Out of the Blocks
Craig Dearden-Phillips `The Naked Entrepreneur’
Its official. I am in business. Stepping Out was born on Wednesday at 3.30pm. It was swaddled in an email from my accountant, saying that, despite a few difficulties, everything had gone OK. I held the Certificate of Incorporation in my hands and looked at it lovingly, muttering promises to myself about its bright future.
Of course, it wasn’t this simple. `Stepping Out’ is actually the name of a Community Interest Company in Wales so I couldn’t be called that so, after a couple of iterations, came up with `Stepping Out Business Development Services Ltd’. Catch or what? Fortunately, I can trade as Stepping Out, as long as I put the longer name on my letterheards.
Oh, the letterheads. The logo. The website, the new bank account. The VAT registration. Finding a book-keeper. Getting insured. Writing terms and conditions. Three-year P & L and Cashflow. The 0845 number. All the stuff that is filling my life as I try to actually sell something, fulfil on orders and do all my normal stuff like this.
Three things have really struck me about starting-up all over again. The first is the generousity of other people in business in terms of time, advice and freebies. Incredible support with no expectation of payment. The second is just how bloody hard it all is. During my last year as a CEO, I hardly touched a piece of paper unless it had been placed in my hand. Now it’s all down to me. Thirdly is how bloody alive I feel. Although I was and still am scared to death by the whole thing, I feel that my future is in my hands – fly or bomb.
As observant readers will know I am setting up a private business. I toyed with a social business but, given the risks I was taking financially and reputationally, a business from which I could only ever draw a salary seemed a bit crazy, if I am honest.
Is this not a bit contradictory of me, given that Stepping Out exists to help social businesses grow out of the public sector? Well, no, actually, because there is an important distinction to be made between the social entrepreneurship of a local authority manager coming out to lead a new social venture and the blood-and-guts of pure start-up.
First of all, the risks are different. Everyone in these ventures is coming out with income guarantees and contracts. Secondly, nothing is asked financially of people up-front. And finally, the focus of these businesses is explicitly social – while mine is only indirectly so.
The whole experience of starting-up has caused me to reflect on the nature of social entrepreneurship. My own reluctance to start another one did reflect a desire to be rewarded if my risk comes off. Were I to have registered as a CIC, while the downside of failure would be the same – me broke- the upside would be a very constrained gain on my investment and risk. It would, in fact, be more rational to just go and work for a social enterprise than start one.
For this reason I think we need to think afresh if we want to see more social entrepreneurs actually setting up businesses from scratch, as opposed to joining them as managers or from the public sector. I believe that the risks people take have to be more explicitly rewarded than is now the case. CICs don’t currently offer enough to the entrepreneur him or herself.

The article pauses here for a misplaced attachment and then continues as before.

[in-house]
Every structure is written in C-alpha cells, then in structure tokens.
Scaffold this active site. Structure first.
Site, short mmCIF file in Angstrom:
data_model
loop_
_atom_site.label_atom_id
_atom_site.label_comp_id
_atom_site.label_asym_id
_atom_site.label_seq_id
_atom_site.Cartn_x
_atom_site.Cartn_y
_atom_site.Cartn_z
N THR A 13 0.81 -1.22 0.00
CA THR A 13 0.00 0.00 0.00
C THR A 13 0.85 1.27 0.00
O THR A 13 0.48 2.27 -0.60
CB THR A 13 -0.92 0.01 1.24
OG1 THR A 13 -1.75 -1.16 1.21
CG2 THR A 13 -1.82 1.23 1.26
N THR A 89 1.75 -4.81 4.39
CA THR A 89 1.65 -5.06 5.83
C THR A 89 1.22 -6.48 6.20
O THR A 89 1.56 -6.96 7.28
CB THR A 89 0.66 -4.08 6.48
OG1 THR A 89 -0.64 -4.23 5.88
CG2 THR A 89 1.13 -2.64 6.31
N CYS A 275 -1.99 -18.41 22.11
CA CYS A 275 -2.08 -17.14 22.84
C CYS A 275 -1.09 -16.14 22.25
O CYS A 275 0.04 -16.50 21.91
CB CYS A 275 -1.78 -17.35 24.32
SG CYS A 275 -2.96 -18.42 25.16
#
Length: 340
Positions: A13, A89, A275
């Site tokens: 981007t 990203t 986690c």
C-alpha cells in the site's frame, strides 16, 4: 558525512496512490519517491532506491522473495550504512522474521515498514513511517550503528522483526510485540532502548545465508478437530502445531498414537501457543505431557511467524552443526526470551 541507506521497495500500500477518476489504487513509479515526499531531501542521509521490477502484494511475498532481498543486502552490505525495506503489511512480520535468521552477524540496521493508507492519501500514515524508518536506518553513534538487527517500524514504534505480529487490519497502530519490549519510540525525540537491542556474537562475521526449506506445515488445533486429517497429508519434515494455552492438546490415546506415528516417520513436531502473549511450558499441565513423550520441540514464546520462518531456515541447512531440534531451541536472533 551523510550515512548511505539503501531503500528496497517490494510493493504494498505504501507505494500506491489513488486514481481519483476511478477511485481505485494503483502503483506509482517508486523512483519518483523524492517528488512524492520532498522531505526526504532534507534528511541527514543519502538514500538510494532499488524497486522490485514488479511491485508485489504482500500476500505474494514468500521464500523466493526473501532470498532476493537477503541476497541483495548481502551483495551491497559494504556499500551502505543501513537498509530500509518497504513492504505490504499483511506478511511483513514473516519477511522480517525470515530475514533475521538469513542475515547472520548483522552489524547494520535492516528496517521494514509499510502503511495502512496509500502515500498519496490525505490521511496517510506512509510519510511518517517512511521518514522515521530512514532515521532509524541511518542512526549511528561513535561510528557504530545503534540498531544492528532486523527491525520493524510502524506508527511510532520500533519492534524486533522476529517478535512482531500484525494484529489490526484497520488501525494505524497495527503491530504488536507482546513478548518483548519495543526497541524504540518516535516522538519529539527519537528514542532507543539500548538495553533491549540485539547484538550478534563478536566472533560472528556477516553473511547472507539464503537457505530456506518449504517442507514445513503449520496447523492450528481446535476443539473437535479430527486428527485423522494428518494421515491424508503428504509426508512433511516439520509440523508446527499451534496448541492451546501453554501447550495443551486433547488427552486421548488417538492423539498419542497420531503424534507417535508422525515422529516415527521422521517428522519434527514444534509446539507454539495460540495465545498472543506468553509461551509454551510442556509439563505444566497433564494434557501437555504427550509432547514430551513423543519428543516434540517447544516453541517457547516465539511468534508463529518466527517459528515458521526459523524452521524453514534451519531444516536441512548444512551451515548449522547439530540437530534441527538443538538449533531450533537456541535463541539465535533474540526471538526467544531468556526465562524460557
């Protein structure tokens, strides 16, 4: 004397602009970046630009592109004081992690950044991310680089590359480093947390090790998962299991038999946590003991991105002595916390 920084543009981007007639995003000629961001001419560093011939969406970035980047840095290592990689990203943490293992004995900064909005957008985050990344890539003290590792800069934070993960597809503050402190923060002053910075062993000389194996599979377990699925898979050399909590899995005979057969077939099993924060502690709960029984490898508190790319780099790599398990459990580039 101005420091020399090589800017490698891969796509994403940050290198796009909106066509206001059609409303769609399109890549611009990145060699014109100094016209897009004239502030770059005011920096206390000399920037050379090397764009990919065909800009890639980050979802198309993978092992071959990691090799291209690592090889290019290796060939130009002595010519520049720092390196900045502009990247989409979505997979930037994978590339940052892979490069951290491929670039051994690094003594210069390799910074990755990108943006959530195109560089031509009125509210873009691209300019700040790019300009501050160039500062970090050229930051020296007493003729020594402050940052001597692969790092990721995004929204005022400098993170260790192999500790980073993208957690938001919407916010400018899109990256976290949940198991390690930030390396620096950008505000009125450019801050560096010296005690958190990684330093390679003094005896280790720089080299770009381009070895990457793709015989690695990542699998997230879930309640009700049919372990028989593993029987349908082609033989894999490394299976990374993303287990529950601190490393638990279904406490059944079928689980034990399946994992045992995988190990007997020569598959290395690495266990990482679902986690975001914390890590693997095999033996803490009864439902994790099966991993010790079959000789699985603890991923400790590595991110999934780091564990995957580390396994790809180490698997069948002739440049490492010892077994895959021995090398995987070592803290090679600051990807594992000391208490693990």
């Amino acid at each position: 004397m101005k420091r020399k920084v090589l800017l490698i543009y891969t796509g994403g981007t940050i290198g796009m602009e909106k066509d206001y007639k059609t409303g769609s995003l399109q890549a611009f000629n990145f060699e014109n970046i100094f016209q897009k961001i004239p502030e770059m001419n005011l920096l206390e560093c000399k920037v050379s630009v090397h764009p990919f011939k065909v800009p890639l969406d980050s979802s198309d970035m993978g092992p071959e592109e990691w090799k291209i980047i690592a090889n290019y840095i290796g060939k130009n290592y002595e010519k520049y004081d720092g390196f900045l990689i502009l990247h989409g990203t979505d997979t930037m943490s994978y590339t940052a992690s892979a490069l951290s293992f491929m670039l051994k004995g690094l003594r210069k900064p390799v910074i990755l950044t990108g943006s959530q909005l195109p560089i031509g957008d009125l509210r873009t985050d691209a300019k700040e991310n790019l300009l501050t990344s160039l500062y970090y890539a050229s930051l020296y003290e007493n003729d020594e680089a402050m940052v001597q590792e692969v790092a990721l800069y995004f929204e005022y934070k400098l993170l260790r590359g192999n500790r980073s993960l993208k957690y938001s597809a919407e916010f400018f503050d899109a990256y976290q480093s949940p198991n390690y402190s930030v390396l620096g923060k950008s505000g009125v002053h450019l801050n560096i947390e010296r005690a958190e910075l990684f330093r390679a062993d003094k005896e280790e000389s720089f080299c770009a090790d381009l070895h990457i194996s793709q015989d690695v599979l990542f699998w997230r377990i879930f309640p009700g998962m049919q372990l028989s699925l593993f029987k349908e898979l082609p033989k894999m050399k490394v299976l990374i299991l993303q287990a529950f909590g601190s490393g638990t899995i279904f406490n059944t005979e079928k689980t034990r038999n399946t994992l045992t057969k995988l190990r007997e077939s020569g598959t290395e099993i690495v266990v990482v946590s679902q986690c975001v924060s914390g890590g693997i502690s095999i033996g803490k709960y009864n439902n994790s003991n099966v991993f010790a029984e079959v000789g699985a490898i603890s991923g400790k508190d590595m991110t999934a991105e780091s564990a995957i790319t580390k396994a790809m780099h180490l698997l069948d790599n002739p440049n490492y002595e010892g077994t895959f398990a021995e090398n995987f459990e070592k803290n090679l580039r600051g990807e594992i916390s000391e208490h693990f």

Would the raising or even abolition of the caps on dividends and growth in equity-stake help to incentivise more social entrepreneurship? In some cases, no, it wouldn’t. Many social entrepreneurs are not remotely interested in the money, like I wasn’t aged 25. Others don’t need it or, as you see more and more now, have already made a lot of it.
But this isn’t most people. Most of us have tons of financial responsibilities and a basic choice between either a job, self-employment or setting up a business, each progressively riskier. If we want people to go from socially-oriented lifestyle businesses (which is what a lot of social enterprises really are) to proper, high employment, high turnover businesses, the incentives have to be there. They perhaps don’t need to be as high as in the private economy, but they have to be pretty damn good.
This post is not in any way knocking social entrepreneurs or public sector managers who are about to lead a new social venture. All are worthy of respect and honour. None are taking the easy route of a nice job. Some will indeed take financial risks too. What I am trying to say here is
1. There are nowhere near enough social entrepreneurs – founders of high growth businesses
2. That the reasons for this could be linked to the lack of reward.
3. That we probably need to find a way within the social enterprise sector to link risk and reward in a more sensible way than is the case now.
4. That the goal of `more, bigger social enterprises’ can only really be achieved by a larger number of social entrepreneurs with big ambition.
5. Ergo, the social entrepreneur him or herself has to be treated as a special case when an enterprise they create really succeeds.
I would be very interested in views on this. My own life at the moment feels like a move into a new place. I am struck by how powerfully motivated I am both by ownership and control – and by the prospect of creating a successful business that will give me not riches (if you see my car, you’ll know riches don’t excite me) but choices. It feels like a force for good. Indeed it is encouraging me to move forward much quicker than if I was working for someone – or if the venture returned the same, more or less, as a job over the long haul.
This is not Greed is Good. Far from it. But as humans, we all judge risk and reward fairly well. We have complex motivations. Social enterprise touches on many of these. But it leaves others ignored. For it to have a big future, social enterprise needs to embrace the range of our motivations, the whole person.
Then we really will be in business.